Skin. At roughly 20 pounds and 16% of your body weight it is the largest organ in the human body. It grows with us, stretching and expanding to cover the vast crevices and sinews within. It clings to our mass and stays with us, it adapts with our losses, our extensions, our embellishments. It is our ‘forever piece’, like that trusty pair of leather boots or favourite pair of jeans. It rarely gives way and it remains, embracing our bodies until the very end. The skin is a moving instrument, vital to everyday life and vitality. It is fragile – the cracks in the parched, overworked hands, the flush from the heat, the pallor of an ailment, all visible on the skin.
‘Vitiligo is a long-term condition where pale white patches develop on the skin. It’s caused by the lack of melanin, a pigment in the skin.’
I myself ‘suffer’ from the condition, ‘fortunately’ in rather hidden places on my chest and legs. Long waits at the dermatologist’s office and trips to the Chinese herbal medicine clinic still burn brightly in my mind. It isn’t painful, contagious or fatal, the most harm it can do is cause sunburn, but it can be seen as unsightly. Covering myself in thick ointments and necking back pungent herbal teas never cured me of it, ‘it’s caused by stress’ they said, but how much stress can an otherwise happy, healthy child be capable of? From the age of five to my early teens a remedy was often sought but never found, now as an adult I’m so used to my patches of pale that I often forget they’re there. In some ways I find vitiligo rather beautiful, the peculiar tie-dye affect of melanin and not is captivating. The model Winnie Harlow proudly displays her vitiligo, the symmetrical patterns on her face resembling a Rorschach test. I cannot imagine life without my vitiligo. I’ve lived more of my life with than without it and it is so deeply ingrained in my sense of self that in its absence I would feel lost.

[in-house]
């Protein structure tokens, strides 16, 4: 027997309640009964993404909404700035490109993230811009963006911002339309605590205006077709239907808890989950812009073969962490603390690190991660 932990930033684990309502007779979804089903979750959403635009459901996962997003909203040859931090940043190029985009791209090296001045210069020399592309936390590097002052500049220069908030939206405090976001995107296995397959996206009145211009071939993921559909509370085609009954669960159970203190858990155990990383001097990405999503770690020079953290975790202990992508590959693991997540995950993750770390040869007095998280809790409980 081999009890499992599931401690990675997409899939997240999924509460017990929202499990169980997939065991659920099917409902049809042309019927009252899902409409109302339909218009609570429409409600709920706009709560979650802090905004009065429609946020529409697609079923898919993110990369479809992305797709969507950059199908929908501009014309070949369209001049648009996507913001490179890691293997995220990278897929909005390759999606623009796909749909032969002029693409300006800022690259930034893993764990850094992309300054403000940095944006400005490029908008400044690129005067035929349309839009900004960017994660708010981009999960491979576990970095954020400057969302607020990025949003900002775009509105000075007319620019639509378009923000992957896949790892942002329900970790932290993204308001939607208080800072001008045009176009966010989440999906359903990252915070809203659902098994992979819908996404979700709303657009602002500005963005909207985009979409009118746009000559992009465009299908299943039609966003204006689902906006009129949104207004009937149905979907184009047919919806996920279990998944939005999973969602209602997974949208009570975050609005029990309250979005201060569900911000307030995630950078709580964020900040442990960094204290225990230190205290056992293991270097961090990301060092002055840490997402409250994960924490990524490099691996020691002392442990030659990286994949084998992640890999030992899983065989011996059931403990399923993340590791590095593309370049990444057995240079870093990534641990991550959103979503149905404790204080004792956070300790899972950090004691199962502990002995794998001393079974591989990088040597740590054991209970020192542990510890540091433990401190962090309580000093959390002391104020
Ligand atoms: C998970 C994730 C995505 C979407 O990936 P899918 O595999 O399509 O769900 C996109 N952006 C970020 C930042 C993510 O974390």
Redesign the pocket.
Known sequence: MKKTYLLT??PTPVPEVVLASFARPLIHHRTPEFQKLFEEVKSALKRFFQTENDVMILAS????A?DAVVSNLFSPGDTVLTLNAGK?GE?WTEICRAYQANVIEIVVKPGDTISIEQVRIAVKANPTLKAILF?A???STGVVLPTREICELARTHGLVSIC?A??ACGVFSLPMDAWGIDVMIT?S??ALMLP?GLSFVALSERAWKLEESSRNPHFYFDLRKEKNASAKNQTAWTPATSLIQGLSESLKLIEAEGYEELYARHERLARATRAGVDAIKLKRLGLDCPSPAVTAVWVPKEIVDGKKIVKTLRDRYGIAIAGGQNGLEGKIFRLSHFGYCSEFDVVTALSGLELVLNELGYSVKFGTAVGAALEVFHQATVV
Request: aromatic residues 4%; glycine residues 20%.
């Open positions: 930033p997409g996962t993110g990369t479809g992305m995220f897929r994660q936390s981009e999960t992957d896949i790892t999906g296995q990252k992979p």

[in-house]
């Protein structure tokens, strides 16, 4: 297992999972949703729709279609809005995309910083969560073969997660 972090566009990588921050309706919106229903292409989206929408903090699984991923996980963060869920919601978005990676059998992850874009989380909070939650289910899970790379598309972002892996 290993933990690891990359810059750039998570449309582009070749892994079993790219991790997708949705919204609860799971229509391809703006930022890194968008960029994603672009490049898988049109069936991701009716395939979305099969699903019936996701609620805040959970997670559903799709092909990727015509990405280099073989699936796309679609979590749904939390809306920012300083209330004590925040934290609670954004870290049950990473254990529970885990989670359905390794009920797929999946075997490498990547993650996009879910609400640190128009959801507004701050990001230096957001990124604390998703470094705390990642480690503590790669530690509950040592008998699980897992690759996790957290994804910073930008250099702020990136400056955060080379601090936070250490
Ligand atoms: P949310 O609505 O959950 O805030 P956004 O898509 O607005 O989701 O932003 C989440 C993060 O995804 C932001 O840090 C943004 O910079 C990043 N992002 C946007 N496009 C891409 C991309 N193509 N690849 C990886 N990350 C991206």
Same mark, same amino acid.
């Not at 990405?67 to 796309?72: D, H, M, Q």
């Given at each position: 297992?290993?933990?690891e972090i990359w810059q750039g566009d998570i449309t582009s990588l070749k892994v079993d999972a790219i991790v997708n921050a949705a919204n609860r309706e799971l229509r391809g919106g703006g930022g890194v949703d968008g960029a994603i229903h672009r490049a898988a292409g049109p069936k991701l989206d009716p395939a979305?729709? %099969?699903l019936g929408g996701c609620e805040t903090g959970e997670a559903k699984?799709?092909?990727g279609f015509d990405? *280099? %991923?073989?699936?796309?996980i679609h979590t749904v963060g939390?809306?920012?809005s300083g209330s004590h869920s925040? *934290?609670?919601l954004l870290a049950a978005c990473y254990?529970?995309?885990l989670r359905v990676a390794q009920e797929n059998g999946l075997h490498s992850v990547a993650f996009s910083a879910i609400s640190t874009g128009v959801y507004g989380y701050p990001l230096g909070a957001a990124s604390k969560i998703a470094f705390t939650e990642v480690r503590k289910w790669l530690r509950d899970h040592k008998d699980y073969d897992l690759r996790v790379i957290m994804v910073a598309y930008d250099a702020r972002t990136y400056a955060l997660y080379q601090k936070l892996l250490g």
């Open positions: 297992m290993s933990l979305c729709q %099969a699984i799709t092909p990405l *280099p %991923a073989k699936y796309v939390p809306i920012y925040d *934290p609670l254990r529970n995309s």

‘The finest clothing made is a person’s own skin, but, of course, society demands something more than this’
– Mark Twain